One of the things I love best here is the open-air markets. These aren’t farmers’ markets, per se, although some of the sellers are selling their own products. But, really, you can get everything: meat in all sorts of shapes and sizes, much of it not refrigerated; chickens either whole or in bits, including big tubs of feet; lately rabbits whole and skinned; fresh-made sour cream and cottage cheese (tvarog) and salted cheese (bryndza); fish — the smoked fish selection alone is astounding — plus tins of caviar, squirming buckets of crayfish called rak and, occasionally in tubs placed outside the market, live carp.
Some of the items are indisutably Slavic. There are mushrooms, fresh, dried and canned (look next to the big basket of berries, which are medicinal kalyny):
There are more potatoes that you’ve ever seen before, often being sold straight out of trucks parked outside the market:
There are grains and beans, different kinds of flour, various grinds of buckwheat, and things I can’t identify:
And — of course! — a whole section devoted to pickles, with great heaps of sauerkraut shoppers stick their fingers into to taste as they cruise the crowded aisles, plus pickled cucumbers, tomatoes, eggplant, garlic, mushrooms and, yes, whole small watermelons.
There are plenty of exotic items, too. On one trip we found feijoas, one of Randy’s favorites, and they turned out to be not only cheap but perfectly ripe and delicious. Although we think of the former USSR as all bleak semi-tundra, it’s a good reminder of the abundance of good things that come from the nearby Caucuses and, a bit farther away, Central Asia. Right now, two of the big specialty stands are persimmons and pomegranates (plus a stand that squeezes fresh pomegranate juice, YUM!), which probably come in from Georgia or Armenia. And of course, all year round, there are the dried-fruit-and-nut men, who are as aggressive in hawking their wares as any seller I encountered in the Turkish bazaar.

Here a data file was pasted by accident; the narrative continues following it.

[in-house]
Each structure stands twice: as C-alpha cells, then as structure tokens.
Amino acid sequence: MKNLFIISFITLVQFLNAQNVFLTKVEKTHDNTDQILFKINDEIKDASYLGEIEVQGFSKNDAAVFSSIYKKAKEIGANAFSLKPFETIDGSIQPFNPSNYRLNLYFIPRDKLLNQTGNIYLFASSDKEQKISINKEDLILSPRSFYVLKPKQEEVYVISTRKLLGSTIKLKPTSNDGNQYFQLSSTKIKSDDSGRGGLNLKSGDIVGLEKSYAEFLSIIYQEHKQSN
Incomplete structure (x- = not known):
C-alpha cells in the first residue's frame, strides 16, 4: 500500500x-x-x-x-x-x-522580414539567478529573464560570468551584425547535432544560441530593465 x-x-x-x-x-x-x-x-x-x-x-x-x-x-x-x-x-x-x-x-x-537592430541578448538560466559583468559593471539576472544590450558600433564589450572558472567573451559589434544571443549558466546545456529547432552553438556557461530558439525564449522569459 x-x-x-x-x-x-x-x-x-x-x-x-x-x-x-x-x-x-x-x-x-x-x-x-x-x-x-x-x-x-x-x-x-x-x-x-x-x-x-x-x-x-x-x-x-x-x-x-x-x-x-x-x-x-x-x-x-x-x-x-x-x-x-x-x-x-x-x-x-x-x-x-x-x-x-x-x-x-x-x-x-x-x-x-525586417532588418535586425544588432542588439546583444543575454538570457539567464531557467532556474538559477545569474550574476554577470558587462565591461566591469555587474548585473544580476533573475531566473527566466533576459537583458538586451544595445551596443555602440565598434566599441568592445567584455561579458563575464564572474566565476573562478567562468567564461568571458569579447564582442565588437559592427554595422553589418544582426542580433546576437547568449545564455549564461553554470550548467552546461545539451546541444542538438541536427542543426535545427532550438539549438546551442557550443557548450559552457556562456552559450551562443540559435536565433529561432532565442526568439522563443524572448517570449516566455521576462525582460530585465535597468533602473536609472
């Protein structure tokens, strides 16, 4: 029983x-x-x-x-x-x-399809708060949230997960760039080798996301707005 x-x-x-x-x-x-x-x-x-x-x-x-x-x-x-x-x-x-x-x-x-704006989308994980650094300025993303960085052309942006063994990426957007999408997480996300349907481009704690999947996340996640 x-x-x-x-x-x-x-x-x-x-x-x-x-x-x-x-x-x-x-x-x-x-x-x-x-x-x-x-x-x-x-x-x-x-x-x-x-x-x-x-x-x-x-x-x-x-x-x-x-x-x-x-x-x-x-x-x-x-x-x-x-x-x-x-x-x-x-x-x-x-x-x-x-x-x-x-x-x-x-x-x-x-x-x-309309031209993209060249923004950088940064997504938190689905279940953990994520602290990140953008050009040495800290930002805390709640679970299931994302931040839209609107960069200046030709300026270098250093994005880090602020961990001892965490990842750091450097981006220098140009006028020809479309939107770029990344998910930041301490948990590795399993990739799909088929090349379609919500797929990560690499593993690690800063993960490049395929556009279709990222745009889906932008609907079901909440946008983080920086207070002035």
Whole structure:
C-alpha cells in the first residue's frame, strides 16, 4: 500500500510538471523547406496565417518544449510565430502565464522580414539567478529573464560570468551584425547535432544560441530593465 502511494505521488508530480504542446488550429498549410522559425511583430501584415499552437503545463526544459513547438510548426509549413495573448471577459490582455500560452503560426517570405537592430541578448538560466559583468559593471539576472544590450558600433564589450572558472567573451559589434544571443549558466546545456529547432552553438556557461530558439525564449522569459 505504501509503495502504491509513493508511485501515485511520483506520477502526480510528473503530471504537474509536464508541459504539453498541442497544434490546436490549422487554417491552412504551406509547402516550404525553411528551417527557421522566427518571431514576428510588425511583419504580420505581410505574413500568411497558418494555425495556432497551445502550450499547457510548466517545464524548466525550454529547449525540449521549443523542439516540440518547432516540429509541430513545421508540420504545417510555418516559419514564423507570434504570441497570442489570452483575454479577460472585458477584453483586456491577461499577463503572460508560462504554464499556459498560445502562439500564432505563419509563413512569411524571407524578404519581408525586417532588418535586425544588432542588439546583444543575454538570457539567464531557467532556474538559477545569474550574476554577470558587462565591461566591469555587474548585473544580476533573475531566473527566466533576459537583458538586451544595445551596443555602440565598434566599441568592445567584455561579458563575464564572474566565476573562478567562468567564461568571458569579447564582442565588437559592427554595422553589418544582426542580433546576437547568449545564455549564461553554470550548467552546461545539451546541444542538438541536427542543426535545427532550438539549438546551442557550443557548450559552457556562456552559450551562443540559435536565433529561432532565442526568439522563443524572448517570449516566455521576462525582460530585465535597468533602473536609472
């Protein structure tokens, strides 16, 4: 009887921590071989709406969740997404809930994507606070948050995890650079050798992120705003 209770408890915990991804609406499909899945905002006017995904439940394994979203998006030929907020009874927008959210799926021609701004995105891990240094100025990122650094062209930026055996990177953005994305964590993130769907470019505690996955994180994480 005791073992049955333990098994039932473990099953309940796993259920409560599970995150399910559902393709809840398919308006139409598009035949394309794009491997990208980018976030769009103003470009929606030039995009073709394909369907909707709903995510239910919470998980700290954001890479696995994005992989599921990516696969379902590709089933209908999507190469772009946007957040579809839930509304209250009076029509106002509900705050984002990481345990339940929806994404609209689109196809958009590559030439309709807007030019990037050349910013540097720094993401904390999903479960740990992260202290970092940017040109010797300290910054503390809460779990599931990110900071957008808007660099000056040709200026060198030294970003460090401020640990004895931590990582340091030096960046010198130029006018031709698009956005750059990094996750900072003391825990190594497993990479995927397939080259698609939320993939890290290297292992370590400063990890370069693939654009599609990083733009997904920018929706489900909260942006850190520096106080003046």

There are non-food booths, too, and the specialty is astounding. Yesterday, I bought a couple of brooms from one of about five broom-makers tucked away in the corner of Privoz, the largest markets. There are shops with just toys or knitted goods or shoes or CDs. There are booths or stands that seem to just carry string and rope, or just plastic bags (which are taken very seriously here), or just cooking implements.
There are shops that just seem to carry buckets and mops:
Shops for bras:
And fishing equipment:
And pets. In fact, these pictures and the two above come from the market that specializes in hardware, outdoor gear, animals and animal supplies:
(Don’t worry, the bunnies were at the pet market, not the meat one.)
I’ve always loved open-air markets — there’s just something about the rush in the air, the buzz of picking out exactly what you want, and the opportunity to roam the aisles and compare. Then, when I started getting into food, I quickly learned that the closer you can get to the source, the better, and it’s hard to beat buying dill picked that morning in some babushka’s backyard or fish caught locally and brought to the market swimming in a tub.
But now that we’re preparing to leave, I realize there’s something more: the people. While customer service is generally a gaping black hole, people get it at the market. They call out to shoppers to offer a taste and a smile with their wares. They’re usually shocked to find an American shopping there, since few tourists stray outside the city center, and usually pleased to tell me what different foods are or which apples are sweetest.
Our time here has been so short that we’ve made just a few friends, but I do feel an odd bond with my regular market vendors. Oh, sure, Privoz is such a zoo that half the time I struggle to find the pickle section at all, much less remember which woman I bought those delicious eggplant from last week. But at the smaller market, Alex and I are enough of a novelty — and we’ve been routinely enough — that the woman with the good pears now has a big smile and a greeting for us, and Korean salad lady may present him with a little gift of carrot slaw. It’s really very sweet, and it’s going to be very hard to leave.